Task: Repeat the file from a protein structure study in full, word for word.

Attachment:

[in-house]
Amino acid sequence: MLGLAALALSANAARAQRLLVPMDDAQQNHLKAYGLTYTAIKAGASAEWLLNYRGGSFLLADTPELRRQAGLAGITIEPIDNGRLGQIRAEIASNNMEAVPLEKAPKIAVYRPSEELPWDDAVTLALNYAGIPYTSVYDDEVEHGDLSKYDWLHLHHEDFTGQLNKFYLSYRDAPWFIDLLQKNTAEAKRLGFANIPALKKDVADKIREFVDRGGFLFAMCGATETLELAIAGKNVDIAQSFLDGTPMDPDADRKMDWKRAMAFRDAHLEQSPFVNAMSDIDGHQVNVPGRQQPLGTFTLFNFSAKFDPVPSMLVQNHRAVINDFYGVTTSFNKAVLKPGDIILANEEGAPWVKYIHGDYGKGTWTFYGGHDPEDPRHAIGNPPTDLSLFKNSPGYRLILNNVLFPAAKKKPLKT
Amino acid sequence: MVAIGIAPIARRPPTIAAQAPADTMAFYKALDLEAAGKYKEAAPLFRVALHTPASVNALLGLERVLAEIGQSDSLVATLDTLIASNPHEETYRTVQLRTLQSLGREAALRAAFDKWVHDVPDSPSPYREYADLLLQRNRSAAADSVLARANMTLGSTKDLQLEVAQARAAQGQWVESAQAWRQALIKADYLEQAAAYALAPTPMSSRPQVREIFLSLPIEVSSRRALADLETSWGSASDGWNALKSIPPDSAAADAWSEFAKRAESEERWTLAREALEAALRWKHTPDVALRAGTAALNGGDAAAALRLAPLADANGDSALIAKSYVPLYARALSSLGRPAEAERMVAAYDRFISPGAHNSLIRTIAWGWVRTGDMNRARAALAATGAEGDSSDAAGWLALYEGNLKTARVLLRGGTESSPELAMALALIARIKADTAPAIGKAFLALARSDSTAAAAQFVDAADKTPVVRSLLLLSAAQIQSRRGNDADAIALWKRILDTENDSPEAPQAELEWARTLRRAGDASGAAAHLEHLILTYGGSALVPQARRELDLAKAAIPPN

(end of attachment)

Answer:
[in-house]
Amino acid sequence: MLGLAALALSANAARAQRLLVPMDDAQQNHLKAYGLTYTAIKAGASAEWLLNYRGGSFLLADTPELRRQAGLAGITIEPIDNGRLGQIRAEIASNNMEAVPLEKAPKIAVYRPSEELPWDDAVTLALNYAGIPYTSVYDDEVEHGDLSKYDWLHLHHEDFTGQLNKFYLSYRDAPWFIDLLQKNTAEAKRLGFANIPALKKDVADKIREFVDRGGFLFAMCGATETLELAIAGKNVDIAQSFLDGTPMDPDADRKMDWKRAMAFRDAHLEQSPFVNAMSDIDGHQVNVPGRQQPLGTFTLFNFSAKFDPVPSMLVQNHRAVINDFYGVTTSFNKAVLKPGDIILANEEGAPWVKYIHGDYGKGTWTFYGGHDPEDPRHAIGNPPTDLSLFKNSPGYRLILNNVLFPAAKKKPLKT
Amino acid sequence: MVAIGIAPIARRPPTIAAQAPADTMAFYKALDLEAAGKYKEAAPLFRVALHTPASVNALLGLERVLAEIGQSDSLVATLDTLIASNPHEETYRTVQLRTLQSLGREAALRAAFDKWVHDVPDSPSPYREYADLLLQRNRSAAADSVLARANMTLGSTKDLQLEVAQARAAQGQWVESAQAWRQALIKADYLEQAAAYALAPTPMSSRPQVREIFLSLPIEVSSRRALADLETSWGSASDGWNALKSIPPDSAAADAWSEFAKRAESEERWTLAREALEAALRWKHTPDVALRAGTAALNGGDAAAALRLAPLADANGDSALIAKSYVPLYARALSSLGRPAEAERMVAAYDRFISPGAHNSLIRTIAWGWVRTGDMNRARAALAATGAEGDSSDAAGWLALYEGNLKTARVLLRGGTESSPELAMALALIARIKADTAPAIGKAFLALARSDSTAAAAQFVDAADKTPVVRSLLLLSAAQIQSRRGNDADAIALWKRILDTENDSPEAPQAELEWARTLRRAGDASGAAAHLEHLILTYGGSALVPQARRELDLAKAAIPPN